So news has spread (rather like wildfire) that Marc Jacobs is to expand his range to include a 'Plus Size' collection. Now 'Plus Size' is a phrase I can't abide, the connotations of this are not at all flattering to the lady it might be describing and it's not at all specific; for instance a UK 14 on the catwalk is often referred to as 'Plus Size' and on the High Street 'Plus Size' falls into the UK Size 16 range. Yet I personally would place UK Sizes 18 and over into the 'Plus Size' category as most High Street stores cater for UK Sizes 6 to 16.
As Marc Jacobs is an established designer I am going to assume that the collection will provide for ladies over a UK Size 14, and this is obviously brilliant for a number of reasons. Not only will it help to transform the unrealistic runway body shape that we currently view as 'perfection' but it re-establishes the fact that we are sick of the 'one size fits all' mentality that many designers share. This shift in size range, although seemingly non-important, proves that consumers and their needs are still important and influential. More importantly, it shows that designers are taking note. Where there is a consumer need there will be a designer ready to provide. Unfortunately with the case of larger sized clothing there have not been many brands 'confident' enough to be the first to set an example. After all, so far it is mainly uncharted waters (save for the rather low-key 'Plus Size' Chanel and Dolce & Gabbana collections) and with the current unstable economy many designers prefer to play it safe with smaller sizes.
Thank God then for the more spirited and realistic designers, such as Marc Jacobs, who realise that the shape of the modern woman is constantly changing and that the skinny lanky frames of the 16 year old runway beauties are not a realistic or achievable image. Obviously I am not trying to say that a Size 16 should be the new standard, in fact I don't believe in any size standards as we are all different in structure and each person should be happy with whatever size they are. Nor should size be a constant obsession within the media and general society. The Prada A/W '10 show was a great example of women of different ages and sizes being celebrated individually for who they are, proving that diversity is beautiful.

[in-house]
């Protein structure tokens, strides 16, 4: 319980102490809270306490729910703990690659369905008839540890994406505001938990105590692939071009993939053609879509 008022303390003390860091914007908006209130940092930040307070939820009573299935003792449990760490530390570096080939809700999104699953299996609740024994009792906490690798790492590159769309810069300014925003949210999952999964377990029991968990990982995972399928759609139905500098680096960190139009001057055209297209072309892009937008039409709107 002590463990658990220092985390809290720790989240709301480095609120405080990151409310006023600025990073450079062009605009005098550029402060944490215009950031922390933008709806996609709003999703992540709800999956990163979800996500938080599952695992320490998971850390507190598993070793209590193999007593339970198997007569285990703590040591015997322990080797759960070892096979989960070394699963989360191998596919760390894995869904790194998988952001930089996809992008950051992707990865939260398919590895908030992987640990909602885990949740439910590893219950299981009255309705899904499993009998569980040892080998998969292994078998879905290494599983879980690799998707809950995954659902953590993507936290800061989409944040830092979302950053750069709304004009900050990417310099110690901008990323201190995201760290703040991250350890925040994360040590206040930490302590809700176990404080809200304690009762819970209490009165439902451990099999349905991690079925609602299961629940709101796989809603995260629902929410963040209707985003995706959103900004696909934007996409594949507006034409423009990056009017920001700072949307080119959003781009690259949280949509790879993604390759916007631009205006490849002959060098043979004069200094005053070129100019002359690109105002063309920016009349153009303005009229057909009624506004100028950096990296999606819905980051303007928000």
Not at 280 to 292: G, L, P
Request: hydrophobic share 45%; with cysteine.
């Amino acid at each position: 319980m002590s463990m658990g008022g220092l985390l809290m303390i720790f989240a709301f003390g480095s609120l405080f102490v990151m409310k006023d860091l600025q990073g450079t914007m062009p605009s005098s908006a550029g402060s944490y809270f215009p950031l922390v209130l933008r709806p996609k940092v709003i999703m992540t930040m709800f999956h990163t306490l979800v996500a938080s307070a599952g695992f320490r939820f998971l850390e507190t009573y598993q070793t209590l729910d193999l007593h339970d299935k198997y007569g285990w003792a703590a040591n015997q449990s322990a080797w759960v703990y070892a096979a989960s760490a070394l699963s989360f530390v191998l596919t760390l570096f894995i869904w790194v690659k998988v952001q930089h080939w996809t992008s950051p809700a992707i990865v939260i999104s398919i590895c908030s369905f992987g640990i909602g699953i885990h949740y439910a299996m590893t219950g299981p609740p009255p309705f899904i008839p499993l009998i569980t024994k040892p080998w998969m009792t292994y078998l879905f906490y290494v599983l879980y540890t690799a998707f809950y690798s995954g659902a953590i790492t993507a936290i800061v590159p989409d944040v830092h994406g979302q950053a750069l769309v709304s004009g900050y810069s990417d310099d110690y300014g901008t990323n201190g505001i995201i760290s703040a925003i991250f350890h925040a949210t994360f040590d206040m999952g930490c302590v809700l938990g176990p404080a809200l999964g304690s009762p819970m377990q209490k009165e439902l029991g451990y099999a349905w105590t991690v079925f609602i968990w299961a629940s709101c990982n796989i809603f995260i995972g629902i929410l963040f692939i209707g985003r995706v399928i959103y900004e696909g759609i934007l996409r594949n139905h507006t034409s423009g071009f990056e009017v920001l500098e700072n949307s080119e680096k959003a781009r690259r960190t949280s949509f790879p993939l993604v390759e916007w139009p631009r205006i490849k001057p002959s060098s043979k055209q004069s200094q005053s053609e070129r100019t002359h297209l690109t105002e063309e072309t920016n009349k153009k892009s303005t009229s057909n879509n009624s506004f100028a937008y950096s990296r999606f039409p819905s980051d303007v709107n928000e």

Pullitzer Prizewinner Robin Givhan's article in the September issue of UK Elle beautifully argues the fashion tug of war with sizes and how our society is more than ready for an image shake up. Hopefully Marc Jacob's collection for the woman above a Size 14 will set a precedent for other designers who should realise that women come in all shapes and sizes. The collection won't be ready for about a year but I imagine that it will be anticipated with baited breath.